Microsoft word - 35rowlands.targeting the hepa.doc
Targeting the Hepatitis C virus ion channel p7 for anti-viral therapy
Stephen Griffin, Dean Clarke, Steve Evans, Alastair Smith, Joachim Jäger,
Introduction Hepatitis C virus (HCV) currently infects over 3 % of the world population and is the major indicator for liver transplant surgery in the west. Acute infection is usually asymptomatic but leads to persistence in the majority of cases causing chronic liver disease. Treatment of the virus is currently limited to the use of type 1 interferon either alone, or in combination with the guanosine analogue ribavirin, and this therapeutic regime is expensive, poorly tolerated, and effective in only 40 % of cases world-wide. Furthermore, resistance to this treatment is common in the viral genotypes found in the west. The search for a vaccine and alternative therapies has been hampered by the current inability to successfully culture the virus in vitro, making the identification of new anti-viral drug targets paramount. The HCV p7 protein is a small hydrophobic protein of 63 amino acids comprised of two trans-membrane alpha helices separated by a short positively charged cytoplasmic loop (Fig. 1). It is predicted to belong to a family of proteins known as viroporins, which homo-oligomerise to form aqueous pores in cellular membranes. Perhaps the best characterised of these proteins is the M2 channel of Influenza A virus: Fig. 1. Computer the target of the first anti-viral drug, Amantadine.
Biophysical studies of p7 oligomers High level expression of a p7 was achieved by fusion with glutathione-S-transferase in E. coli
separated by a 6-histidine linker: GST-HIS-p7. Oligomeric complexes were visualised by Transmission Electron Microscopy (TEM) in collaboration with Dr Lucy Beales (University of Leeds). Both GST-HIS-p7 and cleaved near-native HIS-p7 (Fig. 2) were shown to form ring-like structures with dimensions
Fig. 2. 1-3; TEM of HISp7 oligomers. 4 & 5;
modelling performed by Dr Joachim Jaeger
collaborating with the laboratories of Dr Alastair Smith and Professor Jennifer Kirkham (University of Leeds) in order to visualise these complexes by Atomic Force Microscopy (AFM) in lipid membranes under aqueous conditions. In vitro ion channel formation by p7 is inhibited by Amantadine In collaboration with the laboratory of Professor Stephen Evans (University of Leeds), purified HIS-p7 was shown to form ion channels in artificial lipid bilayers using a Black Lipid Membrane (BLM) system. p7 ion channels showed a preference for calcium ions over potassium, consistent with the proteins’ reticular localisation in living Fig. 3. p7 ion channel activity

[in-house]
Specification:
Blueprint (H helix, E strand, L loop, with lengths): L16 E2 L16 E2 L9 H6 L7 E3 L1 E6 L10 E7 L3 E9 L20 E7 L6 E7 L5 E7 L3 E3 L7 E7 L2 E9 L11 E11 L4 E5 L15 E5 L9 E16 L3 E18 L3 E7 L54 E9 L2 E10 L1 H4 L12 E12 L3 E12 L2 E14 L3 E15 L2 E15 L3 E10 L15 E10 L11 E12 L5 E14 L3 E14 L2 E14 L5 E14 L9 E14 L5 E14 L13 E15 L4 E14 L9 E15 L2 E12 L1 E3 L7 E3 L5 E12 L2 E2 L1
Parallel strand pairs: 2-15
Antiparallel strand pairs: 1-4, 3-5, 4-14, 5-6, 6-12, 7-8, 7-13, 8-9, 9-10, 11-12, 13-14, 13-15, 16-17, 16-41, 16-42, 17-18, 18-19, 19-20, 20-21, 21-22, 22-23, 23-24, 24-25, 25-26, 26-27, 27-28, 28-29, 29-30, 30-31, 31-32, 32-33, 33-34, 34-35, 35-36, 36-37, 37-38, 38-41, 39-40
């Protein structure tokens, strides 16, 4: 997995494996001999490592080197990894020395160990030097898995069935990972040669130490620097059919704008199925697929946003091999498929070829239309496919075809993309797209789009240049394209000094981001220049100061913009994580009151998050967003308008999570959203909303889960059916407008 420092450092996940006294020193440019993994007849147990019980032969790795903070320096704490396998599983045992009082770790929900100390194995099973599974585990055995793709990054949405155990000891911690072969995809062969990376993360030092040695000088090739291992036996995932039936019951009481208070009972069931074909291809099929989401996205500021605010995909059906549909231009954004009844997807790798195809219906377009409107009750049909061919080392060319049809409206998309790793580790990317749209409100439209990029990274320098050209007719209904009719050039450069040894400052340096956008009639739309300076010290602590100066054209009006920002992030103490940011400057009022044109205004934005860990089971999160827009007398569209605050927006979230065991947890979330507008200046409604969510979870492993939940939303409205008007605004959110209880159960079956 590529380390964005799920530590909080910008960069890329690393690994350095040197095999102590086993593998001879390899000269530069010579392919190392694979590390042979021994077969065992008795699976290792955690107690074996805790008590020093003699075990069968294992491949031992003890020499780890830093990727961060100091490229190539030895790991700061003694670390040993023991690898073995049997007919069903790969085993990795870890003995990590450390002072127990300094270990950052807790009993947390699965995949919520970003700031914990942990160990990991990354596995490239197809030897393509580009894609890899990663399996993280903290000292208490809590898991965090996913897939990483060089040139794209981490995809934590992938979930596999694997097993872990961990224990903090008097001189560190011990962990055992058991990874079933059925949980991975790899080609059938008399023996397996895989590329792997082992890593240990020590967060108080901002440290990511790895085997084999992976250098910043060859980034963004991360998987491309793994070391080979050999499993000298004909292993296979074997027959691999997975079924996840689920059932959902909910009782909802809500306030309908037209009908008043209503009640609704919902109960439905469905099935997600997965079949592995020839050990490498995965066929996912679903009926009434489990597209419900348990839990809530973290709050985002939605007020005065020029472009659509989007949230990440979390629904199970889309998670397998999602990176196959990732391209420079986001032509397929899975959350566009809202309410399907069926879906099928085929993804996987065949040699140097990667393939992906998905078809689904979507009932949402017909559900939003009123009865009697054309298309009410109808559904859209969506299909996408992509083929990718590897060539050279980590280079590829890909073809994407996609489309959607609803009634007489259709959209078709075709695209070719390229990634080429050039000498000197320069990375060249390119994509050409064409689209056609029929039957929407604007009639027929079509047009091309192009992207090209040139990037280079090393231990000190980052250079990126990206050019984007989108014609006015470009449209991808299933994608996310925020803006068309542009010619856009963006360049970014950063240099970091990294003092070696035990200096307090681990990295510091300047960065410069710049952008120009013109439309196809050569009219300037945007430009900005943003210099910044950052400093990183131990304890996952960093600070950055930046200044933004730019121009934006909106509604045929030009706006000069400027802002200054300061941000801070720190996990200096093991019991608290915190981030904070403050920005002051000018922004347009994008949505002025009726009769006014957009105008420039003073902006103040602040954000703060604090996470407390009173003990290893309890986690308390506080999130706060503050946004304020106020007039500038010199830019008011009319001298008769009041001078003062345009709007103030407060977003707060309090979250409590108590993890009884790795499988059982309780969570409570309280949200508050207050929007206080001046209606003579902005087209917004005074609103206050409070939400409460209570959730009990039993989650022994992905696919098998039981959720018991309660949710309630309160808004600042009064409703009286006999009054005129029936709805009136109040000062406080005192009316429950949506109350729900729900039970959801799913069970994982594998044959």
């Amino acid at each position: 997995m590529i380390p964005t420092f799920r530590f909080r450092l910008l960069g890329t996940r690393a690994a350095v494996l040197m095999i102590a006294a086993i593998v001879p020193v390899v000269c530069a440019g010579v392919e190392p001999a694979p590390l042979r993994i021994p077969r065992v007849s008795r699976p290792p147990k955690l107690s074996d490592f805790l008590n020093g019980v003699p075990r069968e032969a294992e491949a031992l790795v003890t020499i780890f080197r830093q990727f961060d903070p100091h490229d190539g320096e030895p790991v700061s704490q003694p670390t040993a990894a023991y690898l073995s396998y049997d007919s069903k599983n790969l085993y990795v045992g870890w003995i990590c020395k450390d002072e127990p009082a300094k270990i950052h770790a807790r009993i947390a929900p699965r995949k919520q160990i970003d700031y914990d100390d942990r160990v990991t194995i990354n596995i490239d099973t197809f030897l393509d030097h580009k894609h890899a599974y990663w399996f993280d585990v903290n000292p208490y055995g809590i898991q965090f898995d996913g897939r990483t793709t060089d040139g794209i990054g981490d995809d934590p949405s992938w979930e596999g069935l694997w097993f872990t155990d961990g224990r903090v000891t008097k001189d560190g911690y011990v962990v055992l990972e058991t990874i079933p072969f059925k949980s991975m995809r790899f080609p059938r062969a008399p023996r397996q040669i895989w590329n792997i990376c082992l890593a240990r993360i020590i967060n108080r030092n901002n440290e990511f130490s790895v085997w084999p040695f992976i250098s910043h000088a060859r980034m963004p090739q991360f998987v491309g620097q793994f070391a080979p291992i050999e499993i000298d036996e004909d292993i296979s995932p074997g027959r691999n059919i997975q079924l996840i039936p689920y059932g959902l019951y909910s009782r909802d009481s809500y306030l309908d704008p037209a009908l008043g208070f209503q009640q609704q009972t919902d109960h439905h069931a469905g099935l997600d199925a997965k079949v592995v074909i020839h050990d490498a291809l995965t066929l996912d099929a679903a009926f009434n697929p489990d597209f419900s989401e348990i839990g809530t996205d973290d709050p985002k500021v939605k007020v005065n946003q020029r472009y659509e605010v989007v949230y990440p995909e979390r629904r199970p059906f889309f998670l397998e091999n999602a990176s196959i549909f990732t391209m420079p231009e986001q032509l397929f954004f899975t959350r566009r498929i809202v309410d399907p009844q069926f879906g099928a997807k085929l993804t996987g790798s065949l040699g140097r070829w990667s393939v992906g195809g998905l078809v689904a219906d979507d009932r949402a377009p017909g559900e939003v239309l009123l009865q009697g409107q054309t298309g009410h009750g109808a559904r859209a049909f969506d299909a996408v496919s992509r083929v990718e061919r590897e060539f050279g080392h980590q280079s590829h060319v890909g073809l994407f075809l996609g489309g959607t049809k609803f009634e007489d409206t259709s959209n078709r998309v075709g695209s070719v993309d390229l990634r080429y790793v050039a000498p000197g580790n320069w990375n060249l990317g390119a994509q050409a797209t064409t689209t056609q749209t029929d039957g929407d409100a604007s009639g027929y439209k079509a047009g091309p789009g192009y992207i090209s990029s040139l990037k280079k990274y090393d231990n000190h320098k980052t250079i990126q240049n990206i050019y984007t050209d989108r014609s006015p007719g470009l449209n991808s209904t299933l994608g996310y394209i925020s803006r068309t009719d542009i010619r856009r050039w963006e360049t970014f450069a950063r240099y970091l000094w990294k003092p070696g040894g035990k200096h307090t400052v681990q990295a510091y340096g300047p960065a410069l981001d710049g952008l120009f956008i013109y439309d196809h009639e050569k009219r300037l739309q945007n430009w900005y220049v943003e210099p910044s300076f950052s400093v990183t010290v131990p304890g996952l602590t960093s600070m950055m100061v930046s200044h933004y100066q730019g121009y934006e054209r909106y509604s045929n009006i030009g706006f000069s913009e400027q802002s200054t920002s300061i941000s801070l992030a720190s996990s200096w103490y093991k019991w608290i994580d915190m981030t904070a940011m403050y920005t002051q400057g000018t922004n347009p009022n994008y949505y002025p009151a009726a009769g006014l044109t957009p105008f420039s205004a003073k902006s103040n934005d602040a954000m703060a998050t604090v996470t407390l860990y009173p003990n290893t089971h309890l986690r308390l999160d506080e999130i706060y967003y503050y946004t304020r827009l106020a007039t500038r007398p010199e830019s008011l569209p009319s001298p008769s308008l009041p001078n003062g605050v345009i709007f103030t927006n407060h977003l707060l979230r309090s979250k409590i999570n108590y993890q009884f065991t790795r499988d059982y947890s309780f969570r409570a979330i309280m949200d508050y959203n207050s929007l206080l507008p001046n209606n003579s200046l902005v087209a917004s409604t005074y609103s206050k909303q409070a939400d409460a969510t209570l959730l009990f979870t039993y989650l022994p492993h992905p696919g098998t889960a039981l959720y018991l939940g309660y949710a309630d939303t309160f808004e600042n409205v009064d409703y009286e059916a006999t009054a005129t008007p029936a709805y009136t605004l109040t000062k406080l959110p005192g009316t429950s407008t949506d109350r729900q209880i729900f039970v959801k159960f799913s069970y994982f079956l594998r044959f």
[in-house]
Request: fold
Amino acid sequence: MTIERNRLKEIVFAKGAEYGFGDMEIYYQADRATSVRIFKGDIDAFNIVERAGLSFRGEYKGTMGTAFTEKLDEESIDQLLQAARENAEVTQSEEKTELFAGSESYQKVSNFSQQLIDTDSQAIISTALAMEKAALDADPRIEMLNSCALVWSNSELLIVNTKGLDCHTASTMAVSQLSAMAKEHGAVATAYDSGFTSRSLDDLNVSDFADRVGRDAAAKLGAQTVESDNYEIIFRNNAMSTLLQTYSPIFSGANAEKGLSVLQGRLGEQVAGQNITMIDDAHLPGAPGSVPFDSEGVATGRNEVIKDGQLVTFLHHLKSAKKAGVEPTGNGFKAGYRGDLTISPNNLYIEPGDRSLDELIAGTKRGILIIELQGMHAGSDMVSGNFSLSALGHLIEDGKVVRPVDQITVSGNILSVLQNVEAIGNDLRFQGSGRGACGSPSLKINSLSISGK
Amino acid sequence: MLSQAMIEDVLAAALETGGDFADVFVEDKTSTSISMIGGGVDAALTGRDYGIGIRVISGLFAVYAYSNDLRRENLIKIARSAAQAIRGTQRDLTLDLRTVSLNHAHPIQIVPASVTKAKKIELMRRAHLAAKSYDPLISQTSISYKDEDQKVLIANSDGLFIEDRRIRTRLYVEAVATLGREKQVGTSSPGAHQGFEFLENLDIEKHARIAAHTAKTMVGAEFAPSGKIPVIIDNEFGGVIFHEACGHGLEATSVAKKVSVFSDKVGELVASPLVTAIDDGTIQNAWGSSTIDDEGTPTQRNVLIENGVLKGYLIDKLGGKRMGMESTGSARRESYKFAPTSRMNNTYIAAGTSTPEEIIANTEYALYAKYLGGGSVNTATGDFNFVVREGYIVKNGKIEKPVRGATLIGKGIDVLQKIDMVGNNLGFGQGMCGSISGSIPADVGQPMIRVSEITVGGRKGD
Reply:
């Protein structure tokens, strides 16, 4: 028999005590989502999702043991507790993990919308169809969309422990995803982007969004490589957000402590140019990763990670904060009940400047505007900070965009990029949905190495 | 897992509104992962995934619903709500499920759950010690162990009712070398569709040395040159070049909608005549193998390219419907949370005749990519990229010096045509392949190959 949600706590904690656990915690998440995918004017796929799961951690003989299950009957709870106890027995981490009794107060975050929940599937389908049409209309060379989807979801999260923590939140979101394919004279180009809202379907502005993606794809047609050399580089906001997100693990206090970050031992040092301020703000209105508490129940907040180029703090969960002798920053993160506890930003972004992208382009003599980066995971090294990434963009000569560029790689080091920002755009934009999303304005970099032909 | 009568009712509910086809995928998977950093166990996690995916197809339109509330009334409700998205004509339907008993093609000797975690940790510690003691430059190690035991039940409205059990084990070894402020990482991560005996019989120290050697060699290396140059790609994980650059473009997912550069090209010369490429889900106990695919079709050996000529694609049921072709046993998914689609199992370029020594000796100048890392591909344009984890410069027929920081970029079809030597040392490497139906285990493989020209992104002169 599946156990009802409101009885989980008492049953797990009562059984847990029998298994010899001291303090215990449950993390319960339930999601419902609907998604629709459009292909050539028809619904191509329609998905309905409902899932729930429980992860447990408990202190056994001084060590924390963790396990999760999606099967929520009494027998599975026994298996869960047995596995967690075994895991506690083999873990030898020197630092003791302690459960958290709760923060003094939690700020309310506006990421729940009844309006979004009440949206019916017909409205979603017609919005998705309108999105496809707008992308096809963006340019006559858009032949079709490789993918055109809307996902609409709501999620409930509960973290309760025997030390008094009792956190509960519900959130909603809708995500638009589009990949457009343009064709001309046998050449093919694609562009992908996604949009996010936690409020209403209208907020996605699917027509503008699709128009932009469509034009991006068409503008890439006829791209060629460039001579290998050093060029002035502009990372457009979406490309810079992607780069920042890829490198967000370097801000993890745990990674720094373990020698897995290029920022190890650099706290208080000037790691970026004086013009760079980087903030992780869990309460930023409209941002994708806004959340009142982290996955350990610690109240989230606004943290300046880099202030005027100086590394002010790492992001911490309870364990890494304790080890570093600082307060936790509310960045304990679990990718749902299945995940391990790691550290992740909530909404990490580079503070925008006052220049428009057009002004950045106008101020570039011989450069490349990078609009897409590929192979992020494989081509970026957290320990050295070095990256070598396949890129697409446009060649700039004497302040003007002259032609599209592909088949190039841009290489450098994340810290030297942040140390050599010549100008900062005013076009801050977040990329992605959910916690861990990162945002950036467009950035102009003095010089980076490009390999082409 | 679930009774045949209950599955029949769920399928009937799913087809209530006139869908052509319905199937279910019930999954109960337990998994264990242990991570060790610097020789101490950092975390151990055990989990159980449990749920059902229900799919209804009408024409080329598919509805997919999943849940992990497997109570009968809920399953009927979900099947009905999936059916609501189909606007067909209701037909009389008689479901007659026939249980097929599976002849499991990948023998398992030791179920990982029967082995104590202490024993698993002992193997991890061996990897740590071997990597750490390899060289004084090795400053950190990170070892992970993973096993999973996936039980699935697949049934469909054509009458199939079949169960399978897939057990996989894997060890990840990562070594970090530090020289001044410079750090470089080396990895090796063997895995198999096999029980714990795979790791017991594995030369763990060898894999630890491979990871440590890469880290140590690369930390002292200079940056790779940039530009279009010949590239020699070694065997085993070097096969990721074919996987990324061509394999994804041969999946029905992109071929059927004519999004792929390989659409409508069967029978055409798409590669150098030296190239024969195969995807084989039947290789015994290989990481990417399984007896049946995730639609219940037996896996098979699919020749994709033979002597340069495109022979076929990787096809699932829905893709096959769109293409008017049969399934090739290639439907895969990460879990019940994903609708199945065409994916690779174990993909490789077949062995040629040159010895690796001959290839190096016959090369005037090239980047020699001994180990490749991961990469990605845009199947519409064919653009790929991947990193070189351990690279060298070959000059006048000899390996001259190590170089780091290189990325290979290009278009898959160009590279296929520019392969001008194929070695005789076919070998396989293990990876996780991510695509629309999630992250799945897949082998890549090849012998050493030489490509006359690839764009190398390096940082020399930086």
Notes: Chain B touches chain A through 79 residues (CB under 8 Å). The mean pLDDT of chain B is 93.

cells. Furthermore, this activity was abrogated by the before (top) and after (bottom)
addition of Amantadine (Fig. 3). Recent clinical trials that adding 1 µM Amantadine
include this drug with existing therapy show efficacy in many cases, particularly in those patients who were previously non-responsive. We propose that p7 is the target of Amantadine and are working with GlaxoSmithKline to develop new anti-HCV compounds based on this finding. p7 modulates cellular membrane permeability Recently, we have gone on to assess the effect of expressing p7 in the context of living cells. Inducible expression of native p7 in E. coli was shown to cause a growth-inhibitory effect due to membrane leakage, which was reversed by the addition of Amantadine. Furthermore, mutation of the charged loop also negated this effect consistent with studies in the related Pestivirus: Bovine Viral Diarrhoea Virus. We have also demonstrated p7-induced membrane permeability in mammalian cells causing enhanced susceptibility to Hygromycin B. In addition, we have shown in collaboration with Dr Wendy Barclay (University of Reading) that p7 can functionally replace Influenza A M2 protein in a bioassay and is again inhibited by the addition of Amantadine. Further studies of p7 and other viroporins We are currently looking at chimeric viral systems in order to assess the function of p7 in the context of virus replication and it’s ability to functionally complement similar proteins from other viruses. The p7 of the closely related GB Virus B, BVDV p7, Picornavirus 2B (Fig. 4), and Flavivirus NS1 proteins are all candidate systems for such studies. Work has already begun on characterising these proteins and construction of viral chimeras. We are also attempting to crystallise the p7 of HCV and of BVDV, as well as pursuing other structural investigations such as NMR and mass spectroscopy in order to determine the precise composition of the ion channel structure for rational drug design. Fig. 4. GFP-tagged Publication Griffin, S.D., Beales, L.P., Clarke, D.S., Worsfold, O., Evans, S.D., Jaeger, J., Harris, M.P. & Rowlands, D.J. (2003) The p7 protein of hepatitis C virus forms an ion channel that is blocked by the antiviral drug, Amantadine. (2003) FEBS Lett535, 34-8 Funding This work was funded by the MRC “Enabling Technologies” Co-operative, University of Leeds.
Dept. of Computer Science, Faculty of Sciences, Vrije UniversiteitAmsterdam; de Boelelaan 1081a, 1081 HV Amsterdam, The NetherlandsAgents, and in particular mobile agents, offer a means for application developers tobuild distributed applications. Given homogeneity of agent platform and code base, agentmigration is possible. However, many agent platforms exist, differing substantially in thesupp
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